- Department of Conservation & Recreation
Media Contact for DCR Celebrates the Installation of Reflective Coating at the John H. Thomas Memorial Pool Parking Lot
Ilyse Wolberg, DCR Press Secretary
Springfield — This week, the Baker-Polito Administration is celebrating Climate Week, and today the Department of Conservation and Recreation (DCR) announced the completion of a pilot project to repave and apply a solar reflective coating to the parking lot at the John H. Thomas Memorial Pool in the City of Springfield. This solar reflective coating will help manage the heat and keep the pavement cooler in the summer months. The parking lot’s solar reflective coating uses a lighter color than traditional asphalt, enabling it to retain less heat than uncoated asphalt. This will reduce the Urban Heat Island Effect, which causes higher temperatures in urban areas that have a high concentration of structures and produce more heat waste than rural areas. Additionally, it will help resist UV damage and deterioration of the parking lot surface. The coating is a durable acrylic resin epoxy that fuses to new asphalt and is expected to last for several years. These effects work to moderate the ground temperature and to create a more comfortable environment for people using the space.
“Over the last several years the Baker-Polito Administration has made great progress in exploring new technologies to make state facilities more sustainable for the future,” said Department of Conservation and Recreation Commissioner Doug Rice. “This solar reflective coating will help reduce temperatures that contribute to the Urban Heat Island Effect, making our communities safer and healthier places to live and work.”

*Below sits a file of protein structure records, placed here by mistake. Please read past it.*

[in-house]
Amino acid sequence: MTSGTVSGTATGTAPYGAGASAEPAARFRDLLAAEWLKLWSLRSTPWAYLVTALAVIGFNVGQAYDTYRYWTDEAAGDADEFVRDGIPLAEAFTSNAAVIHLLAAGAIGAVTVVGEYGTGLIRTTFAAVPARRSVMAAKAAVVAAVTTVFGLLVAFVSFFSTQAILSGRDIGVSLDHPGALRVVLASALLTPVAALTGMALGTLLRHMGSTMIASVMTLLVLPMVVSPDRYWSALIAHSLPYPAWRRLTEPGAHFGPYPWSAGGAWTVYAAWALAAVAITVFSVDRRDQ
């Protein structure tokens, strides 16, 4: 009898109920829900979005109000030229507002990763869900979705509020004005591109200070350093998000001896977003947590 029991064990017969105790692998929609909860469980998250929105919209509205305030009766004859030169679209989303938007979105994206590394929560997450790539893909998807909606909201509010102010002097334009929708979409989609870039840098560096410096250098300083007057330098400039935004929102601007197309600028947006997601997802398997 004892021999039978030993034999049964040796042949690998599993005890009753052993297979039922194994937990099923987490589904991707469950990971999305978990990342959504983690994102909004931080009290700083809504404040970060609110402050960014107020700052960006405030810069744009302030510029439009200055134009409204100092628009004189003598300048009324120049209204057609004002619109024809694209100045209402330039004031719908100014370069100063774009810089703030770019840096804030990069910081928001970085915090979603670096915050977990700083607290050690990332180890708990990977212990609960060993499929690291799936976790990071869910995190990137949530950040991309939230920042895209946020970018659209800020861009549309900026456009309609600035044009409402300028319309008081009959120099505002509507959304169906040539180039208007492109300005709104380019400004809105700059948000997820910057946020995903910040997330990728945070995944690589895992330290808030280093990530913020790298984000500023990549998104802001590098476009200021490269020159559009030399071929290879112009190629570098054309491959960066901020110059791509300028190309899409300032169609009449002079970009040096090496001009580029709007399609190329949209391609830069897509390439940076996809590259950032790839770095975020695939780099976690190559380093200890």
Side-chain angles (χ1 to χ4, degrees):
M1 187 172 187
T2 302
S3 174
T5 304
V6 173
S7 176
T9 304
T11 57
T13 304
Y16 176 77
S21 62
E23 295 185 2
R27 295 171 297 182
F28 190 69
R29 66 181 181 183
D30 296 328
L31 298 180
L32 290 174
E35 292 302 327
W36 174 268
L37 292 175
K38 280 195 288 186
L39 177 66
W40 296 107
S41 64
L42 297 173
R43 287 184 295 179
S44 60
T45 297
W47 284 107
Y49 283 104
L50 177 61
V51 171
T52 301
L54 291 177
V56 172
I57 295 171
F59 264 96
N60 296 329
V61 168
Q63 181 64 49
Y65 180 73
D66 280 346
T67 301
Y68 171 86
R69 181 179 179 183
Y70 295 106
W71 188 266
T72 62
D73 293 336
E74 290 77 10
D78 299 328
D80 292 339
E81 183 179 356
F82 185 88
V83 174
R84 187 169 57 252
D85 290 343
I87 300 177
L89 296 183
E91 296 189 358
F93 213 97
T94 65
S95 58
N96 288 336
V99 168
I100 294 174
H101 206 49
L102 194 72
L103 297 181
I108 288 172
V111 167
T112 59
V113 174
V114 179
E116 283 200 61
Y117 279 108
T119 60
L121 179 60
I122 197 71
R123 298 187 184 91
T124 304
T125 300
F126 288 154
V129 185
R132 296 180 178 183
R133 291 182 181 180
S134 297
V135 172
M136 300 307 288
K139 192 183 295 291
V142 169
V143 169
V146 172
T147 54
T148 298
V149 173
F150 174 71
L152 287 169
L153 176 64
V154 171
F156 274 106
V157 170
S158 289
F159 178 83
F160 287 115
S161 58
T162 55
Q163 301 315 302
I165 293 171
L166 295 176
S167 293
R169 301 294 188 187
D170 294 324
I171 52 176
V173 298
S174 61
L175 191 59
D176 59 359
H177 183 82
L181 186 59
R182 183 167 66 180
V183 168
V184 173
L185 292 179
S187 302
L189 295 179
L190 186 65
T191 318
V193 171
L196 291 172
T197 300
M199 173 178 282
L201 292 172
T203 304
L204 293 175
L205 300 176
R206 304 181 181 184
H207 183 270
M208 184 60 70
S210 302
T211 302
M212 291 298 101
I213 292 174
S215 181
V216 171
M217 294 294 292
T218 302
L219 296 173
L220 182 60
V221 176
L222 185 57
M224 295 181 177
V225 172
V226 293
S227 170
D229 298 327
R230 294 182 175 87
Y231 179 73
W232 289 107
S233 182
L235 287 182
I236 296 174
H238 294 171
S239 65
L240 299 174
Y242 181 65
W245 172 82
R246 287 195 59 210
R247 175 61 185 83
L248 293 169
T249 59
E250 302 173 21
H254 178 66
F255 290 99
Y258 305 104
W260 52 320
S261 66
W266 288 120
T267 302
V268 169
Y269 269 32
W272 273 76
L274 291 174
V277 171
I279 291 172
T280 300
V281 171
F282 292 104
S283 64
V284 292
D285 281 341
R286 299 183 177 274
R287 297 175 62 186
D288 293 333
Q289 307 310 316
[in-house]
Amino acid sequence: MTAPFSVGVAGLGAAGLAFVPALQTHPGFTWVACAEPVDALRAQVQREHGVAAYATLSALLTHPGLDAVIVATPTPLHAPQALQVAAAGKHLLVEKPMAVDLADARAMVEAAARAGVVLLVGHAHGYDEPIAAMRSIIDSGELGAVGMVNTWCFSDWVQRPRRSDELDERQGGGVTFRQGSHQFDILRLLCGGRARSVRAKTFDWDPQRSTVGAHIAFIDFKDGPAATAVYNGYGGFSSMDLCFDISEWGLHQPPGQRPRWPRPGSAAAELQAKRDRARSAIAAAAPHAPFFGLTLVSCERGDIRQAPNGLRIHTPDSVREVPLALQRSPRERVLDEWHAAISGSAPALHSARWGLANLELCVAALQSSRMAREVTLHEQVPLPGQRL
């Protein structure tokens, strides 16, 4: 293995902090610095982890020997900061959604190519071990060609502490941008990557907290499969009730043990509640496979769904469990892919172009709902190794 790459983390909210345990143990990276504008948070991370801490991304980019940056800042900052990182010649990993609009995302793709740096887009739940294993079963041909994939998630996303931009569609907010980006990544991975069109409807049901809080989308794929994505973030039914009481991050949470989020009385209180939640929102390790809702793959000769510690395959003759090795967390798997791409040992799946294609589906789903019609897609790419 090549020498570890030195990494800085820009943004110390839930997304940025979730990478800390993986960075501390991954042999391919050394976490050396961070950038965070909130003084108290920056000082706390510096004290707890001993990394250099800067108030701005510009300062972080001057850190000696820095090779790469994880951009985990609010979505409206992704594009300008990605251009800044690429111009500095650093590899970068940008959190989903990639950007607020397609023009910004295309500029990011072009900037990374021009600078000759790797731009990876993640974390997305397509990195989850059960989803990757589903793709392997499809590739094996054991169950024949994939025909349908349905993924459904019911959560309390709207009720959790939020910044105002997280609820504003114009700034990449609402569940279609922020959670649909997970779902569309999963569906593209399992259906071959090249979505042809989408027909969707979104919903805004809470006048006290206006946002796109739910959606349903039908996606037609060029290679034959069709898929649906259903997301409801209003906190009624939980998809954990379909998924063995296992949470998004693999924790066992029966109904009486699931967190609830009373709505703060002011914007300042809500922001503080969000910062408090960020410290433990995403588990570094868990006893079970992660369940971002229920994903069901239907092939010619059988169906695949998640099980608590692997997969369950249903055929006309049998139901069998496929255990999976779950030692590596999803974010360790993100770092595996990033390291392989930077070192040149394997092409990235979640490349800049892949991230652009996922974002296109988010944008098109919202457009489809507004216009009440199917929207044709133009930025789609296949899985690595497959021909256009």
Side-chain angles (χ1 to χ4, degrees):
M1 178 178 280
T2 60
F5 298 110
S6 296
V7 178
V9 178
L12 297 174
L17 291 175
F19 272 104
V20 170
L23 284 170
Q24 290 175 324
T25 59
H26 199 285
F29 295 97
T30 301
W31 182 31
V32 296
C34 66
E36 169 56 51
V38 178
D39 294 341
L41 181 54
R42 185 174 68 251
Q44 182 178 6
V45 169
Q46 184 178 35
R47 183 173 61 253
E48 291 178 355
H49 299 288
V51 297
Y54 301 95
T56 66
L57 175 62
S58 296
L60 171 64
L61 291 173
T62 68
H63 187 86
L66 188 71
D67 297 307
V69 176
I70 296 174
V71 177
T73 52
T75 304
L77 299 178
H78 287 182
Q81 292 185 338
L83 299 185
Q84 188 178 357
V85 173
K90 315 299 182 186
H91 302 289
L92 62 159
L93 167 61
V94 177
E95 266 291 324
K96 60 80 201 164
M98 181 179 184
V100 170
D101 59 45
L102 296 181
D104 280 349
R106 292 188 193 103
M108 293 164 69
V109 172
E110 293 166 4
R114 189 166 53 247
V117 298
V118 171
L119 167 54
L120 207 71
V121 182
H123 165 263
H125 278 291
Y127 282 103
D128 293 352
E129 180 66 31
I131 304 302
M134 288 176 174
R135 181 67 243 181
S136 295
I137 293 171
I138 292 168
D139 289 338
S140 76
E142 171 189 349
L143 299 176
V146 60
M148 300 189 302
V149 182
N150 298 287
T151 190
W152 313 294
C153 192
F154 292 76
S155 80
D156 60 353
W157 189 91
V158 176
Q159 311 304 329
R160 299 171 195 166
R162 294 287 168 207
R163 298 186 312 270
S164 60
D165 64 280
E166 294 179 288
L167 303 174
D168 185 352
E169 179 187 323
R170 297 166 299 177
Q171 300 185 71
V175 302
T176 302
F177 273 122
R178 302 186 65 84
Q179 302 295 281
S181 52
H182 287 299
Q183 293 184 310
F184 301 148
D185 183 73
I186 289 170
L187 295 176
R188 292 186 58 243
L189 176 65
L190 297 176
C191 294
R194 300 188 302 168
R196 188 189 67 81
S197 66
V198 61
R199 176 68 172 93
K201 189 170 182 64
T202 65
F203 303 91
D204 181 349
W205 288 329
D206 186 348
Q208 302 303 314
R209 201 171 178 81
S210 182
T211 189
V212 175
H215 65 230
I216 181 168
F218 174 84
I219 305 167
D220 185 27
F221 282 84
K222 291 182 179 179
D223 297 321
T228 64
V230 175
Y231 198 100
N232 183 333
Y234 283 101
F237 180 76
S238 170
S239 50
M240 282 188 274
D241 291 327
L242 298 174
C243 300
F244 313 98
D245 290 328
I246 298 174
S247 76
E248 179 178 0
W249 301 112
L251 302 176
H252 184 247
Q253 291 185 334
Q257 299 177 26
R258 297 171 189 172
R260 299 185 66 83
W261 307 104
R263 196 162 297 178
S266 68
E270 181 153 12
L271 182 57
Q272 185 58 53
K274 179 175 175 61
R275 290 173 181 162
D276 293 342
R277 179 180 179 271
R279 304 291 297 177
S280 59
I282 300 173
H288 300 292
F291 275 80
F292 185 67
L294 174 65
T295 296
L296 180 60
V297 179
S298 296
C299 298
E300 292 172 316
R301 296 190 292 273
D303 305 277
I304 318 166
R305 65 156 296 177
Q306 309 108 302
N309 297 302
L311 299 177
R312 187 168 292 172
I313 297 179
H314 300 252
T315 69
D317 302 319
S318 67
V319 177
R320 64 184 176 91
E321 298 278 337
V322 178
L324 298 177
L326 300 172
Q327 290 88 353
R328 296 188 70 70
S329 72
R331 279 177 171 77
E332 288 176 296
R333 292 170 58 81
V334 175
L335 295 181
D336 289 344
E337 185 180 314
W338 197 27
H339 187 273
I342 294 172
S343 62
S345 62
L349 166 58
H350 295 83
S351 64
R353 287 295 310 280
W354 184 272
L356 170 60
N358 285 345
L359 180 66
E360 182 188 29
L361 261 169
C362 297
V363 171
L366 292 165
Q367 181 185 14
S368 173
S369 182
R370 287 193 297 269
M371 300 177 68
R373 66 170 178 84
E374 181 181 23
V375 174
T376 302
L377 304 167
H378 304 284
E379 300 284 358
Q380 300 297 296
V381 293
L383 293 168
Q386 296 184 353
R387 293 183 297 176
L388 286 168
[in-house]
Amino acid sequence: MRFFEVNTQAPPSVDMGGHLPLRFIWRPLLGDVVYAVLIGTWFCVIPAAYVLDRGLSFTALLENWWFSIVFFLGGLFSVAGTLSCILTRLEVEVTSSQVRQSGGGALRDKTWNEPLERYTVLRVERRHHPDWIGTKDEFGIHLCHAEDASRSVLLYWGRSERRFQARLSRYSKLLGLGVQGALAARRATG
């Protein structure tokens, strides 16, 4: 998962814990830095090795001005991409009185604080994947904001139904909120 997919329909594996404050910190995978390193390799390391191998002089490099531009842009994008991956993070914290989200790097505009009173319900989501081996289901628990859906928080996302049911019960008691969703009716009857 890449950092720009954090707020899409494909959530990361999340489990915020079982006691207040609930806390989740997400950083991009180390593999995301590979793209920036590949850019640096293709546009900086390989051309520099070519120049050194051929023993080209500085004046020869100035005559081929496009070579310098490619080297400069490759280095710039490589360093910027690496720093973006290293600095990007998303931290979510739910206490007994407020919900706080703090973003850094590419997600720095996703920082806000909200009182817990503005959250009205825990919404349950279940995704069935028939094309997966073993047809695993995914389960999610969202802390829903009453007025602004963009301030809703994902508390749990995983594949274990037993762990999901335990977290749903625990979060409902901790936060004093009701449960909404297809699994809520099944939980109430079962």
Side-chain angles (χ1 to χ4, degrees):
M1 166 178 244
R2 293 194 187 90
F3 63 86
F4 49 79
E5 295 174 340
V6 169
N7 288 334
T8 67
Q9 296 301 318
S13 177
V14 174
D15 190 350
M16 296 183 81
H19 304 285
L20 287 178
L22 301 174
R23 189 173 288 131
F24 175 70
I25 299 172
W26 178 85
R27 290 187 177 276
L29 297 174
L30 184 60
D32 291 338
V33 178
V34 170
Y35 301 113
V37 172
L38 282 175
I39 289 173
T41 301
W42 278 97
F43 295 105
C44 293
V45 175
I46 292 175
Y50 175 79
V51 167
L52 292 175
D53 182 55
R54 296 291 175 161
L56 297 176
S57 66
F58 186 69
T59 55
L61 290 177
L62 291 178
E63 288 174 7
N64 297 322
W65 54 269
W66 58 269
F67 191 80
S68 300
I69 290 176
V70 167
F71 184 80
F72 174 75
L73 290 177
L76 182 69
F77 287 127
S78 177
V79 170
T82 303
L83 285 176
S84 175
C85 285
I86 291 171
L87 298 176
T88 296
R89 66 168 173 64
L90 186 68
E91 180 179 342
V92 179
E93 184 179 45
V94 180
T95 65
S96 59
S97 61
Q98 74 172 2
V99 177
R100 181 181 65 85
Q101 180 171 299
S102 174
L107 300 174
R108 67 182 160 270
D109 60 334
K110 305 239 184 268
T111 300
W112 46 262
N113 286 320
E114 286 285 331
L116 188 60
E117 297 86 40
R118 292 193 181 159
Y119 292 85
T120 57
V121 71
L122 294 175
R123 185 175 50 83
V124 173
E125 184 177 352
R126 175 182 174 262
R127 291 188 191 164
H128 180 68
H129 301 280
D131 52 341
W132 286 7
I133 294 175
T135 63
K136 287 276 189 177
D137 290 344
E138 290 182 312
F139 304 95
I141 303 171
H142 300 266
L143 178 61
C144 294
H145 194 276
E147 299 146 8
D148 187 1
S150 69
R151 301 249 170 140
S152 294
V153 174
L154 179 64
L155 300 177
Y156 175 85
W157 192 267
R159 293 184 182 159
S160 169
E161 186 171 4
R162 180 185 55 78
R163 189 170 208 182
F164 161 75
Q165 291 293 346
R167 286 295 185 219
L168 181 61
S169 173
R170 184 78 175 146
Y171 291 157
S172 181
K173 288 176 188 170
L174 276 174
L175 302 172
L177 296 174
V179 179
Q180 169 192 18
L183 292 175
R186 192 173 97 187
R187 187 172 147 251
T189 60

Recently, DCR began to explore how black asphalt absorbs and traps heat and sought solutions to reduce this effect. The application of solar reflective coating at the John H. Thomas Memorial Pool parking lot acts as a pilot for this material to be used on other DCR properties. Due to the seasonal nature of many DCR properties, many facilities are ideal locations for the use of this product to help create healthier environments, especially in environmental justice communities that have been disproportionately impacted by the effects of climate change.
“This pilot project aims to lengthen the longevity of our infrastructure in Springfield and hopefully will end up going to use in other communities in our Commonwealth to keep the Urban Island Heat Effect at bay,” said State Senator Eric P. Lesser (D-Springfield). “I’m looking forward to seeing the results of this pilot next summer as families across the city visit the pool to stay cool on hot days.”
“Today’s installation is a welcomed effort from the Baker Administration in Springfield,” said State Senator Adam Gomez (D- Springfield). “While the impact may feel small, residents enjoying the area will be able to directly benefit from this project. This pilot is especially important as our summer temperatures continue to rise each and every year. I hope that this pilot’s success will mean more projects like this across the state, especially in other similar environmental justice communities.”
This pilot project builds on the recent construction of the DCR’s new spray deck next to the John H. Thomas Memorial Pool. The spray deck was built with a rubber surface that is more comfortable for visitors, as they often walk barefoot when visiting the water recreational facilities.